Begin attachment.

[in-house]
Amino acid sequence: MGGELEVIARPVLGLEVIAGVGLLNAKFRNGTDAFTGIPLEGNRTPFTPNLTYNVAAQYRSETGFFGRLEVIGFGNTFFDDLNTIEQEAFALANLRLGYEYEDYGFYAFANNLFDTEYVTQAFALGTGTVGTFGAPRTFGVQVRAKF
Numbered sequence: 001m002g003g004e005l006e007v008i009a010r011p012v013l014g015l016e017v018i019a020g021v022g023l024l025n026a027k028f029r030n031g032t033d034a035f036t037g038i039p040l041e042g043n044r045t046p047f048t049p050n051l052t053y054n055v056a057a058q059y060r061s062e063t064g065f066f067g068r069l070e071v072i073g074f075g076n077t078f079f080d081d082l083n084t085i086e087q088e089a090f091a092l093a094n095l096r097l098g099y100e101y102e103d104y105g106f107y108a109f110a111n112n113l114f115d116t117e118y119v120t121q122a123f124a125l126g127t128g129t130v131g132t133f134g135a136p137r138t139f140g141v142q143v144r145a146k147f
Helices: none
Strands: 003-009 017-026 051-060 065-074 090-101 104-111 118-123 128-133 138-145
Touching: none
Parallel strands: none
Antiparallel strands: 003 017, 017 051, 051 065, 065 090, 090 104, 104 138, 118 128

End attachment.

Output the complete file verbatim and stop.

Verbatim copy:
[in-house]
Amino acid sequence: MGGELEVIARPVLGLEVIAGVGLLNAKFRNGTDAFTGIPLEGNRTPFTPNLTYNVAAQYRSETGFFGRLEVIGFGNTFFDDLNTIEQEAFALANLRLGYEYEDYGFYAFANNLFDTEYVTQAFALGTGTVGTFGAPRTFGVQVRAKF
Numbered sequence: 001m002g003g004e005l006e007v008i009a010r011p012v013l014g015l016e017v018i019a020g021v022g023l024l025n026a027k028f029r030n031g032t033d034a035f036t037g038i039p040l041e042g043n044r045t046p047f048t049p050n051l052t053y054n055v056a057a058q059y060r061s062e063t064g065f066f067g068r069l070e071v072i073g074f075g076n077t078f079f080d081d082l083n084t085i086e087q088e089a090f091a092l093a094n095l096r097l098g099y100e101y102e103d104y105g106f107y108a109f110a111n112n113l114f115d116t117e118y119v120t121q122a123f124a125l126g127t128g129t130v131g132t133f134g135a136p137r138t139f140g141v142q143v144r145a146k147f
Helices: none
Strands: 003-009 017-026 051-060 065-074 090-101 104-111 118-123 128-133 138-145
Touching: none
Parallel strands: none
Antiparallel strands: 003 017, 017 051, 051 065, 065 090, 090 104, 104 138, 118 128